The actress who played Tess was attractive, but then in the end, don’t want to ruin it for you, but her horse-faced husband ends up with her sister and I kind of felt sorry for them for a number of reasons, the very least of which was their fates.  Not that I am superficial or anything, but you know, if I want to get into a romance, I don’t need Fabio, but for me, they need to throw in a little more eye candy.  I don’t think I am alone here, I mean, that’s why Colin Farrell’s the leading man and Bob Hoskins isn’t. I mean no disrespect to Mr. Hoskins, mind you.  He’s a fine actor, but I don’t want to see him strip down to his tighty whiteys, if you know what I mean.

He's Irish, I know, but you get what I'm saying.

Tess was one of the books we had to read at my Catholic girls high school, along with The Scarlet Letter and A Light In August. The fates of wayward women were big in that literary curriculum.

I have like fifty pages left in Abundance: A Novel of Marie Antoinette. Overall, the book has been excellent.  I think I will read Naslund’s Ahab’s Wife next. Love her writing. Ethereal and accessible. A book I think about all day and cannot wait to find time to get to.


Misc. Updates

Yesterday The Princess and I baked together for the first time.  It was fun.  She was into pouring all the ingredients into the bowl and mixing them together, but for me, it meant so much more to do this mother-daughter thing.  Nothing special, just brownies, which from what I have heard, turned out to be delicious.

The Princess Making Brownies

I haven’t talked about the diet for a while, but to give a quick update, I am doing great with the Jenny Craig.  I am more than half-way to my goal weight, having lost more than 18 pounds since I officially began the diet.  More importantly, I went back to the doctor yesterday, and all of my numbers have come down.  Since July, when I last saw him, I have lost 21 pounds.  My cholesterol has gone from 252 to 175, and my trigycerides, which were embarrassing — over 700 — are now 122.  It’s great to look in the mirror and feel better, but I have to tell you, when they gaveEdison in his play me the numbers yesterday, I teared up.  The numbers are the important thing.  Overall, I feel pretty great.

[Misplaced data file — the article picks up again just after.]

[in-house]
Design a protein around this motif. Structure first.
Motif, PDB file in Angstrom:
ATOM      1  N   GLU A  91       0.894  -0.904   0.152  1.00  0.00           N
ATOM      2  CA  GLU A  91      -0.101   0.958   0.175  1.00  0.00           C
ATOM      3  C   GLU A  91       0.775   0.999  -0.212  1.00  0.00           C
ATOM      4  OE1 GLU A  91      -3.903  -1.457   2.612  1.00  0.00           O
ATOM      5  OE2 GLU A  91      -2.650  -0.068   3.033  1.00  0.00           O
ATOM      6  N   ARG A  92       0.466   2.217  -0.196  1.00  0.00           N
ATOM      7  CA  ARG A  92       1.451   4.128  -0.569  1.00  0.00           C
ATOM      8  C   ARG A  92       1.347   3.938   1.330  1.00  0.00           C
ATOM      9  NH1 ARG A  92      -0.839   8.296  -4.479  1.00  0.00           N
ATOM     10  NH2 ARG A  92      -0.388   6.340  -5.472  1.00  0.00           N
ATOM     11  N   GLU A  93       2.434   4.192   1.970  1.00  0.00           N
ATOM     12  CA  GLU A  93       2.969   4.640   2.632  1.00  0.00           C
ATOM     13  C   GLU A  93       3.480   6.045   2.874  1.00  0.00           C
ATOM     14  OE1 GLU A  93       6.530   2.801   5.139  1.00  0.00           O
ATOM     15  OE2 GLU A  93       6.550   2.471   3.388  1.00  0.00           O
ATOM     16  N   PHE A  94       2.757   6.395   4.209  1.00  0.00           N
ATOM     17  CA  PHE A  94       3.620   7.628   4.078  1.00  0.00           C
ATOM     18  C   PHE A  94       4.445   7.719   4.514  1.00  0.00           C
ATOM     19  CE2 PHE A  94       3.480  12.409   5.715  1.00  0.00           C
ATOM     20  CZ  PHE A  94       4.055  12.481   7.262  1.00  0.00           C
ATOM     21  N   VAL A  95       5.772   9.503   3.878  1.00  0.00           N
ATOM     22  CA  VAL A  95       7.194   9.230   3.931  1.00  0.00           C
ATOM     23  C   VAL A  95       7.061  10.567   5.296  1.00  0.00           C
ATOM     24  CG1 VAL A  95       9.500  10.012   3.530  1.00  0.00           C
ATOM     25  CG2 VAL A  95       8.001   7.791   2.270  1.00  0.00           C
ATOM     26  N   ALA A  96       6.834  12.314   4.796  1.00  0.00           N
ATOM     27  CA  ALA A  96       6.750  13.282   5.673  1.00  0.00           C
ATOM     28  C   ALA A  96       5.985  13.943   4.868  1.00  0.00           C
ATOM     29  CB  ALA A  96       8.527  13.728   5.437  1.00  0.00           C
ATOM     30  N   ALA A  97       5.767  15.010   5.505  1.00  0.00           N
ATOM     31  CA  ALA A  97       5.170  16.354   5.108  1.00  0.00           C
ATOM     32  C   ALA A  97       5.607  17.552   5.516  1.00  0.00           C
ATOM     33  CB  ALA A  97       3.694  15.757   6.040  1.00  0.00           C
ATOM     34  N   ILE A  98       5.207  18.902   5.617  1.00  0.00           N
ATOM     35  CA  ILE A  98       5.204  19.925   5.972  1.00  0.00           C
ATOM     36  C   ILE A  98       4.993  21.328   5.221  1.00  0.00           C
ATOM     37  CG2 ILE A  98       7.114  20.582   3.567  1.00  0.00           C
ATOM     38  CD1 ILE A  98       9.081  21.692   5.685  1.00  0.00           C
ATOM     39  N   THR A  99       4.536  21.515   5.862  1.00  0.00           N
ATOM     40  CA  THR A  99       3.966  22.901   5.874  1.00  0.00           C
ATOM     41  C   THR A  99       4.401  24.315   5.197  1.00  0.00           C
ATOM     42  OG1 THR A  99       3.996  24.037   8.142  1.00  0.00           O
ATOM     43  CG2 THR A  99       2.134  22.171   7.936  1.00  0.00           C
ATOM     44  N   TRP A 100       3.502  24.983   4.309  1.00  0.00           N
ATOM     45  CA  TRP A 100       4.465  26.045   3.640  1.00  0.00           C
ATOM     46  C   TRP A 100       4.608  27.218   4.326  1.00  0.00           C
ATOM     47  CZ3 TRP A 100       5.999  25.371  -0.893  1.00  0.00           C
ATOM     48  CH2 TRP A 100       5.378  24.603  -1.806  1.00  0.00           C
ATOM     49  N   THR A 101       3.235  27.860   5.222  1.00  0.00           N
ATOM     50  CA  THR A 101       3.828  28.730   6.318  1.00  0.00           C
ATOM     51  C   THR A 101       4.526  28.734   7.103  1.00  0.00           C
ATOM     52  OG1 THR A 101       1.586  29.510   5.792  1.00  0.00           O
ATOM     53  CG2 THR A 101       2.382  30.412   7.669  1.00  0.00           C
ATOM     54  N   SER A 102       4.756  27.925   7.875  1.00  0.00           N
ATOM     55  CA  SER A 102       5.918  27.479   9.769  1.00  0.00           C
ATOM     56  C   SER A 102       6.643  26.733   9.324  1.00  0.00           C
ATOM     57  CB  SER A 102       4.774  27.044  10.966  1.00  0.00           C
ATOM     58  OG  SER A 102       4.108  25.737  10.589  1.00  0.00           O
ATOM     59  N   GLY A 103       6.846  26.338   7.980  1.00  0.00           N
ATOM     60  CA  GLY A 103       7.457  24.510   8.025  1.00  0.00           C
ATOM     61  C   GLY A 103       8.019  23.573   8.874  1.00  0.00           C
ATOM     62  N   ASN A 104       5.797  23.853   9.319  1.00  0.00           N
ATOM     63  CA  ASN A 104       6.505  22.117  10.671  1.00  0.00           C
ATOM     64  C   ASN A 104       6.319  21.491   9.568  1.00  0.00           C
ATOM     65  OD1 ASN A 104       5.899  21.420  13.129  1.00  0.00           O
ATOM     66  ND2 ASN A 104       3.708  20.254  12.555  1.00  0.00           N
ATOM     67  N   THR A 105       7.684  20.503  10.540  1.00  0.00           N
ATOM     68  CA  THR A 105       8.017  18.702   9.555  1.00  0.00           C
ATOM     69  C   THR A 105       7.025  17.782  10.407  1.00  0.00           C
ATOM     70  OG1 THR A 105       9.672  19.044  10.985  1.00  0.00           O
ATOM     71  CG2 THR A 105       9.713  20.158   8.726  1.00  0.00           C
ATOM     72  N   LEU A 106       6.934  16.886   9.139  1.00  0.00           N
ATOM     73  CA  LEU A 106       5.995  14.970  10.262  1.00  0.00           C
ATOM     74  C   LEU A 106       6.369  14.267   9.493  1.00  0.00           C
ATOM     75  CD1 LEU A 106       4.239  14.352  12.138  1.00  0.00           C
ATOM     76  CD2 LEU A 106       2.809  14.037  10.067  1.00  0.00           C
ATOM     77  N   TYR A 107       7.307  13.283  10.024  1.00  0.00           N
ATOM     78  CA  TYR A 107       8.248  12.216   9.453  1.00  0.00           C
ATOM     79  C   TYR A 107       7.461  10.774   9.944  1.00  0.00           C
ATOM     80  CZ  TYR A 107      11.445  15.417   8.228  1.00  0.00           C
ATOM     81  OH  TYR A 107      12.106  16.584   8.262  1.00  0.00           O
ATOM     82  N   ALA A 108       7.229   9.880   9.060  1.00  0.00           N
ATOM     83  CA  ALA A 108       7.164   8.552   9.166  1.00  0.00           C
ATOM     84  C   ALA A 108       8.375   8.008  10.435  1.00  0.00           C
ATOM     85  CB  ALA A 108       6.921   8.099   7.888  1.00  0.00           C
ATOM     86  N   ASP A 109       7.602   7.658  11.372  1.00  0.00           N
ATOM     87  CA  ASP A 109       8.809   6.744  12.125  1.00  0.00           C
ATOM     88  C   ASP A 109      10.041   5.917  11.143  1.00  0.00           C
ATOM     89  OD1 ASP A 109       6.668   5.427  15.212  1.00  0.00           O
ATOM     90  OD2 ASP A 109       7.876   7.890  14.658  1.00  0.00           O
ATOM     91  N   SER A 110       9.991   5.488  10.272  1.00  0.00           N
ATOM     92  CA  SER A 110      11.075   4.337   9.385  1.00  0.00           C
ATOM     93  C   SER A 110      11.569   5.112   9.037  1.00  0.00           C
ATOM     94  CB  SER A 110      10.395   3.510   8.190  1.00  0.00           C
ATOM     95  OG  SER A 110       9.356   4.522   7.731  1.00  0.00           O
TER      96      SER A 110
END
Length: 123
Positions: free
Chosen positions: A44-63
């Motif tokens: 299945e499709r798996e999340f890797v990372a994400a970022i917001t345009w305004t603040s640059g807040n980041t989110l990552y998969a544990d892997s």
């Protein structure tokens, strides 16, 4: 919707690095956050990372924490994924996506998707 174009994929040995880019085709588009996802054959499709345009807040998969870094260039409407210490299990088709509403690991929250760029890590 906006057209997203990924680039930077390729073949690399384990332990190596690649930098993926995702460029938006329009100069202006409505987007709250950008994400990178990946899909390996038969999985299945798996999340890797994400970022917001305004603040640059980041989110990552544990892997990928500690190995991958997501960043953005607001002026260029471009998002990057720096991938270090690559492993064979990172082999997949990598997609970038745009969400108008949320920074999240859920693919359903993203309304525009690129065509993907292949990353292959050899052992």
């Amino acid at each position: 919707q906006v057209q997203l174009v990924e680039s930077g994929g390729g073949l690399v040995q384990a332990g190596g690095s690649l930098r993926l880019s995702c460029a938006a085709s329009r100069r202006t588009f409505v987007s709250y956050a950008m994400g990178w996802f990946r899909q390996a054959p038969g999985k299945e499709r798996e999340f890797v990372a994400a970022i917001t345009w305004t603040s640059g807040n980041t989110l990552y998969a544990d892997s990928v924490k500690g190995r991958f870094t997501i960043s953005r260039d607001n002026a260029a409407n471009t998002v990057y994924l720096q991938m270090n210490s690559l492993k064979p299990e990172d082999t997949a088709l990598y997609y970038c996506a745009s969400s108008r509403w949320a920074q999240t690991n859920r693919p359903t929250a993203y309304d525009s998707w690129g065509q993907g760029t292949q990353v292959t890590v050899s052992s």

Edison was in a play this week, written by his music teacher and performed by everyone in the third grade at his school. He spent weeks singing and dancing around the house, and even though there were times when I really wished he would stop, there will be times in the future, when other pursuits have garnered his attention, when I will miss that singing.

I am finishing up a book I had to read for the book club called The 19th Wife by David Ebershoff.  It’s one of those books I can’t wait to be done with.  The writing is just okay, nothing overly literary, and at times the narrative is cliche, or just doesn’t feel real, like the author is stretching a limited imagination.  It tells two stories in two separate narratives that the author is trying to somehow relate to one another.

One is a historical fiction about Brigham Young’s 19th wife, who divorces him and sets about on a crusade to end polygamy in the late-19th Century. That part of the book I really like.  It’s fairly well researched and feels authentic.  The other is a modern sort of murder mystery about a 19th wife in a cult-like sect that split of from the Mormons after 1890 who is accused of killing her husband.  Her estranged gay son returns to the small town and proceeds to investigate the case, and I don’t want to ruin it for you, but you know, the mother’s innocent.

But I had some real problems with that part of the book.  First of all, the solving of the murder comes abruptly and totally from left field.  There’s no building of the clues, only a bit of meandering around them.  The explanation of the murder is less than a page, and the motive isn’t fully believable, especially given that the climax is the first we’ve heard of it.  Also, the confession comes after a totally contrived scene where the main character is captured and seems to be threatened, but again, it doesn’t feel as real as the author had been hoping to make it.

My biggest problem was with the main character, who as I mentioned, is gay. Why? Because I guess that would make the story more interesting? The author tells us that the guy spent a little time selling his bod, and on more than one occasion mentions that he was paid by a dude to let him put his “arm in a place where no arm should go.” Ew.  And then, about 2/3 through the book, he meets a guy who falls in love with him and wants him to stay, make a commitment after ONE NIGHT TOGETHER, and the author tries to kind of make a case that it’s hard for Jordan to do that because of how he was raised in the polygamist sect.  He can’t love, you see.  But I felt like — well, he did just meet the guy. Frankly, the love interest comes off more like a creepy stalker than a sincere life partner.  (I pictured him as Kenneth Parcells from 30 Rock, only you know, as a creepy stalker.  If they ever make a movie of this book, Jack McBrayer should totally play the character of Tom.)

 

But I keep turning those pages, because I do want to find out what happened to Ann Eliza Young, Bringham’s 19th wife.  I’m not sure I will find out, and I also worry that we’ll never find out what happened to the son she left behind when she left Utah, though the fact that she misses him is mentioned several times in the course of the story.  I have like ten pages to go.  Then, like Ann Eliza, I will be free (to read something else.)

 

p.s. — just searching on youtube, I found these clips.  Seriously, this is the funniest show on TV: